Hey guys, I was reminiscing about my time working for OpenEnglish and thought you deserved a review. I’m writing this on my phone so I’ll probably leave a lot of stuff out. Also, I worked for them over a year ago so I’ve forgotten a lot and their policies might have changed. Leave a comment if you have any questions or need any clarification, or if you’ve worked for them recently and need me to correct something!
Now, the biggest thing about OpenEnglish that would be of interest to us is: THE COMPANY PAYS YOU FOR ALL HOURS YOU’RE SCHEDULED!!!
Ok, so backtracking a bit:
ABOUT THE COMPANY
OpenEnglish caters to adults in South America. The majority of their lessons are group classes with up to 12 people I think, but I also had a couple 1 on 1 classes that were free talk rather than following a set lesson. Their peak hours are in the evening in EST. They made me fill out a w8-Ben as a Canadian so I believe they’re headquartered in the US but you’re an independent contractor. They make you work minimum 10 hours during peak times but limit you to a max of 24 hours/week.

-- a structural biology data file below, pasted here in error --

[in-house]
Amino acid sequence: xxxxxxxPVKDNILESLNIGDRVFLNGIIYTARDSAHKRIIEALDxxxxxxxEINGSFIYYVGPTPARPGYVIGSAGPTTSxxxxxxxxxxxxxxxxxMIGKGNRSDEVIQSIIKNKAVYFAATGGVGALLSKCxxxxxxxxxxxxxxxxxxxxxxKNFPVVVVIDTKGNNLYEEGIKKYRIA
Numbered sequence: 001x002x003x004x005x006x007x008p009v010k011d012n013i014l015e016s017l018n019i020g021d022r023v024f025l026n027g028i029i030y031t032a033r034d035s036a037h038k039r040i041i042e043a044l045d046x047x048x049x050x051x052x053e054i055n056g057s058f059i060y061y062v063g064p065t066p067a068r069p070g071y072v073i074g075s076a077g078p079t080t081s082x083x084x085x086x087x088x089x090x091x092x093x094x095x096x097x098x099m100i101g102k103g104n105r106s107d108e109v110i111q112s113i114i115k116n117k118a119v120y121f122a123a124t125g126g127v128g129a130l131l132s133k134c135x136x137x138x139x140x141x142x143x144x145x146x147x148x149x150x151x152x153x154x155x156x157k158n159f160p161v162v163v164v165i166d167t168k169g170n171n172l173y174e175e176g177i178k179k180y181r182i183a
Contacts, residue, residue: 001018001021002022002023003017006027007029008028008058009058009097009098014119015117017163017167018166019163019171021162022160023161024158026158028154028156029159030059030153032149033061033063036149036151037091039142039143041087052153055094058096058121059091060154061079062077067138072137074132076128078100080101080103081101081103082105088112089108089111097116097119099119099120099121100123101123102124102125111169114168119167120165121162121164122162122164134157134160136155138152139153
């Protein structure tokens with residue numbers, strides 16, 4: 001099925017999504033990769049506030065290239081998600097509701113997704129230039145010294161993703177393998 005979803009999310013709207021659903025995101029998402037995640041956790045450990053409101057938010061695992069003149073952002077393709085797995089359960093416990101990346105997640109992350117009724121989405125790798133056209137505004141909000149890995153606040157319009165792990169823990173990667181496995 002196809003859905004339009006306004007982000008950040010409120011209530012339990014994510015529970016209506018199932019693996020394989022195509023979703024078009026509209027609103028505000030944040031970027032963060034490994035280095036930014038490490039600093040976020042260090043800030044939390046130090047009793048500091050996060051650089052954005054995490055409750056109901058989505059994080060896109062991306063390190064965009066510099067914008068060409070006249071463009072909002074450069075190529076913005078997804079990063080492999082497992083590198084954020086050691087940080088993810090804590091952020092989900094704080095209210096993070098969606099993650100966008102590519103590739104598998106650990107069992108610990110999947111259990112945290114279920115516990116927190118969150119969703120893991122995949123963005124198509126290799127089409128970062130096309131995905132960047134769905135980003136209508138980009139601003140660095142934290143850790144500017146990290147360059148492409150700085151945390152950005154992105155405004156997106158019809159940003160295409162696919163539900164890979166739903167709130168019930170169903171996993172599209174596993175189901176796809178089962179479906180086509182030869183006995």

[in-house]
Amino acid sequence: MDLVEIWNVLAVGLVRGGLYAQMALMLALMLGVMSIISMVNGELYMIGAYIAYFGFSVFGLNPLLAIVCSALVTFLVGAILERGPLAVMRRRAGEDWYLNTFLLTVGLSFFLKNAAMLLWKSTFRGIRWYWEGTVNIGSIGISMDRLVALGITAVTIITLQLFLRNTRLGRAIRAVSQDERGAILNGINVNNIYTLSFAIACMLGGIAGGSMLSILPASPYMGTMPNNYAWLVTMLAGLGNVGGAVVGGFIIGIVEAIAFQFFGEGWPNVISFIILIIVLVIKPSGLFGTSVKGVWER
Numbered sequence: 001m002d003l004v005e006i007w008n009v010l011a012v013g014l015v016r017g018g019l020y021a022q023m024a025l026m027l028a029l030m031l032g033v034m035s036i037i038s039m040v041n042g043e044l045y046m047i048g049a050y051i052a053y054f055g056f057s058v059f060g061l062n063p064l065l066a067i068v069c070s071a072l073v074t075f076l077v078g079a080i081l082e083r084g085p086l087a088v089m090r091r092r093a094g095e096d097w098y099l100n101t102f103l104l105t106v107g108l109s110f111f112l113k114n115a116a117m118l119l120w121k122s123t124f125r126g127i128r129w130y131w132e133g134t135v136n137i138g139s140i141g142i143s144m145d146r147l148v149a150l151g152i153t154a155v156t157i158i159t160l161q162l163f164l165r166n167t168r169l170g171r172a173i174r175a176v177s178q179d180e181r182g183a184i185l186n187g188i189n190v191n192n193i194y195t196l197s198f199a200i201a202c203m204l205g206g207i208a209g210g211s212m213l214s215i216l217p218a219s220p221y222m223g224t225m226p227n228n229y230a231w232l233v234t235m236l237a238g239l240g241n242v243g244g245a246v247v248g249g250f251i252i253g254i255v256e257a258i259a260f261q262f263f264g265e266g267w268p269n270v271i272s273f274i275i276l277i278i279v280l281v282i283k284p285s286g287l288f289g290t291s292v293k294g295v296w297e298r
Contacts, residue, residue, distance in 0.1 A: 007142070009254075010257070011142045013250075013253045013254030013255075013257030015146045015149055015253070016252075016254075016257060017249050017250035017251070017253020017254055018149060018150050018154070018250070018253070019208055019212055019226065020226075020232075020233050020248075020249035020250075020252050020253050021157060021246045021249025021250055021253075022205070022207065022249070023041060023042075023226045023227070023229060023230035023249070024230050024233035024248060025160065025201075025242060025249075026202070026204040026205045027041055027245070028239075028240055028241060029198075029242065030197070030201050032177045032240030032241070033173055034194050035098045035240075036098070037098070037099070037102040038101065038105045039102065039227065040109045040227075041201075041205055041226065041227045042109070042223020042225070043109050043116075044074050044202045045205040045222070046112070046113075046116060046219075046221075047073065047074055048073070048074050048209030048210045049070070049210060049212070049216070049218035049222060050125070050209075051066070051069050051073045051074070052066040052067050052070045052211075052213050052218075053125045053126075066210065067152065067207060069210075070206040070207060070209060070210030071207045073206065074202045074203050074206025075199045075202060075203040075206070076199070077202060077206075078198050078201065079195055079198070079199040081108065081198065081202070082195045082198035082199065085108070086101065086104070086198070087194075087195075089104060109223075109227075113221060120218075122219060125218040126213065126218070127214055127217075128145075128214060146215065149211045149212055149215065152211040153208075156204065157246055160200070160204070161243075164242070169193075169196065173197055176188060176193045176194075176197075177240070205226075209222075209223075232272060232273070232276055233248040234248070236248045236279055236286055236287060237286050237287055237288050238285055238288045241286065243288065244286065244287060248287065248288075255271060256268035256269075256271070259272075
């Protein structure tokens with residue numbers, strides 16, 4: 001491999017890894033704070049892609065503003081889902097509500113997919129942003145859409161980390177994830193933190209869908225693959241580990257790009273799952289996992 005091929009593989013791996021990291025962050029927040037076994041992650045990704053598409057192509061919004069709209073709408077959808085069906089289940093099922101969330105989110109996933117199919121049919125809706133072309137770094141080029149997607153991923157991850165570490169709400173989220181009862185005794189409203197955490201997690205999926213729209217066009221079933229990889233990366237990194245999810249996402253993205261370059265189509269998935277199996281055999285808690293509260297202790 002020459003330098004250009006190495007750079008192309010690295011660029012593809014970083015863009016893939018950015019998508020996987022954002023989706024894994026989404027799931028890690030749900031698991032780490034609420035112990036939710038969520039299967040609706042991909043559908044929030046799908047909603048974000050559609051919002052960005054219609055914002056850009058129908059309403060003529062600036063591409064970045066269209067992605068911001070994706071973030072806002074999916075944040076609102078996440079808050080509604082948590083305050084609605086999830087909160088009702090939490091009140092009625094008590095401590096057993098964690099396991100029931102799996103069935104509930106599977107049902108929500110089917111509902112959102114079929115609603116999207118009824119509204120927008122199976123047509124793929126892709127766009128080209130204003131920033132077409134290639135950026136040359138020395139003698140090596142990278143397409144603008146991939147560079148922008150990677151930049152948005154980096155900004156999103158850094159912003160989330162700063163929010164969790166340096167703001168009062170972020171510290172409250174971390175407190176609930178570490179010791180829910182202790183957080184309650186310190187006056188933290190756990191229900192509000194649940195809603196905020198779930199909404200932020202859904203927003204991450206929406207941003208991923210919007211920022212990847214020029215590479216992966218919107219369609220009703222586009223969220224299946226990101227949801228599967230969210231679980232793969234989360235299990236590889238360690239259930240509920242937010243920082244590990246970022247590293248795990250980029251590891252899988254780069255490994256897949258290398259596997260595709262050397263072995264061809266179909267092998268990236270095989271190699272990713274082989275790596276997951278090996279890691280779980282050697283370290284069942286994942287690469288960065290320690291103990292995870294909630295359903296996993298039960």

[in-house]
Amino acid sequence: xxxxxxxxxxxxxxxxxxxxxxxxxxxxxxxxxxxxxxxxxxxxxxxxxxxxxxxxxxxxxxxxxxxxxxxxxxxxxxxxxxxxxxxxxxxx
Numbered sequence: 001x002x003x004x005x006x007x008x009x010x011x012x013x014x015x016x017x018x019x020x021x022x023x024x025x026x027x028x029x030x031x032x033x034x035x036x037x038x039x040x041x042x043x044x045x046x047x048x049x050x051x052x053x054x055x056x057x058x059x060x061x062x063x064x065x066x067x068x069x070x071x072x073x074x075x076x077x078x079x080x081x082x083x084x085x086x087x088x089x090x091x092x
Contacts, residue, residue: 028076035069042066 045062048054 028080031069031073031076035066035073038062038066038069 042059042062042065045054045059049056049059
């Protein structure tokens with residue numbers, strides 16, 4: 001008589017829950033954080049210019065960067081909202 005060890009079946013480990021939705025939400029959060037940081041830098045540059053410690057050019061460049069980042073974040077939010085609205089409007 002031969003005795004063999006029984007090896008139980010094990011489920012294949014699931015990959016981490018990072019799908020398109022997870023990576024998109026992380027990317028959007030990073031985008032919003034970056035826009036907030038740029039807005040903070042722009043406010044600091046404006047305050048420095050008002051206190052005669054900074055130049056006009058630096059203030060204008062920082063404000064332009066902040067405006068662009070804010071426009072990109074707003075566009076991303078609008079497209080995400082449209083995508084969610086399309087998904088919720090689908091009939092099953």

When I applied for OpenEnglish, they weren’t hiring. They told me to apply for a contract instructor role and they’d contact me if they had an opening. It was like a regular job application. I had no ESL experience at the time so I put my experience with tutoring and TAing in college. *I also had to specify my hourly rate*. The website that told me about the company said they pay around $10/hour so that’s what I asked for. I’ve heard other people say they got $12 or $13 and I don’t know if, if I’d asked for more I would have gotten more or just been ignored when they had an opening. But if I were applying now I’d ask for $15/hour and let them counter offer if they really couldn’t go past 12 or 13. I don’t remember if they demand native speakers.